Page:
'Girlfriend': Theater Review

Girlfriend Play - H 2015
Craig Schwartz

Girlfriend Play - H 2015

Treacly pop tunes are a perfect fit for this heartfelt teen romance, elevated by fine writing and outstanding direction 

Todd Almond's chamber musical about gay first love, inspired by Matthew Sweet's 1991 album of the same name, makes its Los Angeles premiere.

Recording artist Matthew Sweet was grappling with the end of his six-year marriage when he released Girlfriend in 1991. A “breakup” record including pop ballads like “I’ve Been Waiting,” “Looking at the Sun” and other songs about coming together and coming apart, the album fits organically into Todd Almond’s sweet and sincere chamber musical of the same name. Following a tryout at Berkeley Repertory Theatre in 2010, Girlfriend offers not just the touching and often hilarious joining of high-schoolers Will and Mike, but a perfect blend of Les Waters’ astute direction with Almond’s formally minimalist book.

New Year’s Day is what Will (Ryder Bach) calls the day he graduates high school, a fresh start on life. That’s all well and good, but he doesn’t seem to have much direction, lying around listening to Girlfriend, given him by a guy at school. Not just any guy, but Mike (Curt Hansen), “jock, football, prom king runner-up,” he explains. “But you know what I mean.”

Across the stage, Mike stands by an old dresser, his 1993-style wireless phone in his hand, struggling to come to terms with his feelings for Will. That’s all Girlfriend really is, just these two kids awkwardly falling in love to the strains of Sweet’s overwrought pop ballads and saccharine anthems, performed by music director Julie Wolf and her band situated upstage. Between the boys is a love seat, the focal point of David Zinn’s spare though adequately accommodating set.

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The love seat frequently functions as the front seat of Mike’s car, where they have their first date at a drive-in watching Evangeline, a dopey Hollywood movie about a nun who’s really a cop, who’s really a superhero, who’s really an alien. Mike is monosyllabic as Will chats about a woman he used to know who may or may not have been a nun. Nothing much happens in the scene, but in the subtext everything is happening and the audience knows it.

Step by step, this pair of innocents move toward admitting to themselves and each other that this ain’t just two dudes hanging out. That tension underlies every scene in the play, drawing the audience inexorably into Almond’s wafer-thin narrative put to Waters’ mostly static staging. These are just two of the reasons Girlfriend shouldn’t work. But Waters’ ability to balance a loaded subtext against minimal movement enables his actors to underplay the fact that they’re falling in love. Doing so, they keep the audience leaning in, waiting for that first kiss.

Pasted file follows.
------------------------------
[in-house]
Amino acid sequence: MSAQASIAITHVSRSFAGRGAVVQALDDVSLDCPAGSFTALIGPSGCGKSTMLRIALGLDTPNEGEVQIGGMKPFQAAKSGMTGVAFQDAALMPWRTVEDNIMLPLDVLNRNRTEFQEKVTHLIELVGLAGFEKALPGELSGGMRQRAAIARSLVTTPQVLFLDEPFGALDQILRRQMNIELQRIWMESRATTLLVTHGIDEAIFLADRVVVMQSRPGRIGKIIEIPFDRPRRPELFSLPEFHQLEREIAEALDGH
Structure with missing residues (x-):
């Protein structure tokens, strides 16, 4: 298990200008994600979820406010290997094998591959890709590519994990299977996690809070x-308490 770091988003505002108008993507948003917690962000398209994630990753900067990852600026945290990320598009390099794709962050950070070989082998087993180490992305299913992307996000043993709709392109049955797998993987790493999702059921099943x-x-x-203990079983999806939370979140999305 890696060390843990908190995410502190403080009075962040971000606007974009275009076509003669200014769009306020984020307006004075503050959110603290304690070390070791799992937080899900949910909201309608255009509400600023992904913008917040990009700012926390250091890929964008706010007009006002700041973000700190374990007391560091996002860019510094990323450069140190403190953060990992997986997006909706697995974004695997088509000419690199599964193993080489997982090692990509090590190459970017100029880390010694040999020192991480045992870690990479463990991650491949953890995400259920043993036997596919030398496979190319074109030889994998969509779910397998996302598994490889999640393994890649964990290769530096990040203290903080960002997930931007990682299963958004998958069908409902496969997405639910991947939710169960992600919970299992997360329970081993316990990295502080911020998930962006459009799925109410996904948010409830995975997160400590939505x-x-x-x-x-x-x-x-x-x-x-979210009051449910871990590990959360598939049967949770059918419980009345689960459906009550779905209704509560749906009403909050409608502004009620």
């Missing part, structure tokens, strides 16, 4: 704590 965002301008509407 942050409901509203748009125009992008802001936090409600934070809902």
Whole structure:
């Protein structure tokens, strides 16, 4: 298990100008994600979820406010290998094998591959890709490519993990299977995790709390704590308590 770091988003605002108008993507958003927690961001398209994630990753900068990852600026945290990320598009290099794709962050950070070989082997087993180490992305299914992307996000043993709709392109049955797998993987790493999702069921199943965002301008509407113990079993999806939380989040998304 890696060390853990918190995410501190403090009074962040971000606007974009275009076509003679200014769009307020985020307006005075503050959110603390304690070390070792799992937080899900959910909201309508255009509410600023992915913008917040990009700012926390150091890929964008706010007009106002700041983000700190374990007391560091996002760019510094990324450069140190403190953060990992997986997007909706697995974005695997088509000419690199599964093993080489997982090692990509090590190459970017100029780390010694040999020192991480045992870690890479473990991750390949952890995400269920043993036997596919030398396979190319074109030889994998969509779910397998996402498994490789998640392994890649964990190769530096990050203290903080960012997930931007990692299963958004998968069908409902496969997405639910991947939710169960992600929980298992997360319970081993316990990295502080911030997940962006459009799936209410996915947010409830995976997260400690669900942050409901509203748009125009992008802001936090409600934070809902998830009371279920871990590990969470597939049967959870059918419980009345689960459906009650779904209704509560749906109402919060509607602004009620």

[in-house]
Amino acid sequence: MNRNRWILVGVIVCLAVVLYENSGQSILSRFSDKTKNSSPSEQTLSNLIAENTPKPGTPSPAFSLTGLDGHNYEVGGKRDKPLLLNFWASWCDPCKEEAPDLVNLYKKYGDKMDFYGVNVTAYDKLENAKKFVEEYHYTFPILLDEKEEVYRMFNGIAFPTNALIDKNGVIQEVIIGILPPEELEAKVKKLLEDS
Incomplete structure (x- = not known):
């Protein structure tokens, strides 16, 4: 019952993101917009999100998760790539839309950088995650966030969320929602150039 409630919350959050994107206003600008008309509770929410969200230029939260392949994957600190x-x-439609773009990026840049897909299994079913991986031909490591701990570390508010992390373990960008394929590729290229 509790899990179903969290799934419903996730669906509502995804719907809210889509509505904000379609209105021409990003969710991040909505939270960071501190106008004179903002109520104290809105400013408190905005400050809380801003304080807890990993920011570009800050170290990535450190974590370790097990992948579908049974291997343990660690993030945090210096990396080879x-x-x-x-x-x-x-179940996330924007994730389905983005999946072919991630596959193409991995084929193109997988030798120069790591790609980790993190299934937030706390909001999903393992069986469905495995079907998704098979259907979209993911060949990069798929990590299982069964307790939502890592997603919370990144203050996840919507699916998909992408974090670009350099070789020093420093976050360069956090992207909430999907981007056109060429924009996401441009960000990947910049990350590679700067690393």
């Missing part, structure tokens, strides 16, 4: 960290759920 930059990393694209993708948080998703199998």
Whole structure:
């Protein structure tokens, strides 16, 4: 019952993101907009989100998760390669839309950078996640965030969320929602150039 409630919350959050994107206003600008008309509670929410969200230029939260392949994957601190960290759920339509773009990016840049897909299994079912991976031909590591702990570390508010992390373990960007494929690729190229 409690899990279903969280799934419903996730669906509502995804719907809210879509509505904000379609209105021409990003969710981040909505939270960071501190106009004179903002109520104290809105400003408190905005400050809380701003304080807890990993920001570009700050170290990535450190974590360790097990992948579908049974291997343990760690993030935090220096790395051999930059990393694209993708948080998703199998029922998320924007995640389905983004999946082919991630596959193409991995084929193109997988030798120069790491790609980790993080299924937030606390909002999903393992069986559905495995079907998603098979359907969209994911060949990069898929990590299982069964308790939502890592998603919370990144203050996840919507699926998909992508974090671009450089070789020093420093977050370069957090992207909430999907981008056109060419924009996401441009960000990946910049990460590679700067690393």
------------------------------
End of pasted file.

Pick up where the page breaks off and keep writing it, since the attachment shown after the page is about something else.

Will is comfortable with his homosexuality, whereas Mike is only starting to come to terms with his. Will is chatty and expressive, where Mike confines his conversation to as few words as possible. But so much comes through the pair’s awkward body language, halting exchanges and insanely long pauses that words are frequently beside the point.

As Will, Bach captures the quiet, confused adolescent, growing up gay in rural Alliance, Neb. Bullied in high school, he makes himself content hiding away in his room. There’s a sense that an inherent wit and playfulness have remained uncultivated in him so that he might fit in easier. Bach has a thin voice and wavers a bit in his early numbers with Hansen, but the two deliver in charming low-key fashion. While Bach originated his role, Hansen is new to the production. He has a seasoned stage voice, and his execution of Joe Goode’s few choreographed pieces demonstrates a flair for movement. Artfully traversing the broader arc of the two, from a confused and stifled boy to a confident young man, Hansen goes from monosyllabic to polysyllabic as Mike emerges from the closet.

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There’s a place for them — the state capitol, Lincoln. That’s where Mike is going to study medicine, not because he actually cares to, but because his father is a doctor. This means the clock is ticking. And about that first kiss — it doesn’t come until an hour in. By the time they finally tumble into bed, summer’s over.

Even at a scant 90 minutes, Girlfriend is too long, and it’s pretty clear Almond and company haven’t figured out how to end the show. The question is will Mike and Will act on their feelings, not will they spend the rest of their lives together? Once the relationship is consummated, they have to deal with the question of whether they'll see each other again. It's an incidental issue that could be left open or not, but either way it should be resolved in a single line, not an added scene and a half.

That is to say it’s not a perfect show. Just like your first kiss was not a perfect kiss. Like Girlfriend, it was probably sweet and thrilling, and maybe a little messy, but also irresistible.

Cast: Ryder Bach, Curt Hansen
Director: Les Waters
Book: Todd Almond
Music and lyrics: Matthew Sweet
Set and costume designer: David Zinn
Lighting designer: Ben Stanton
Sound designer: Jake Rodriguez
Music director: Julie Wolf
Choreographer: Joe Goode
Presented by Center Theatre Group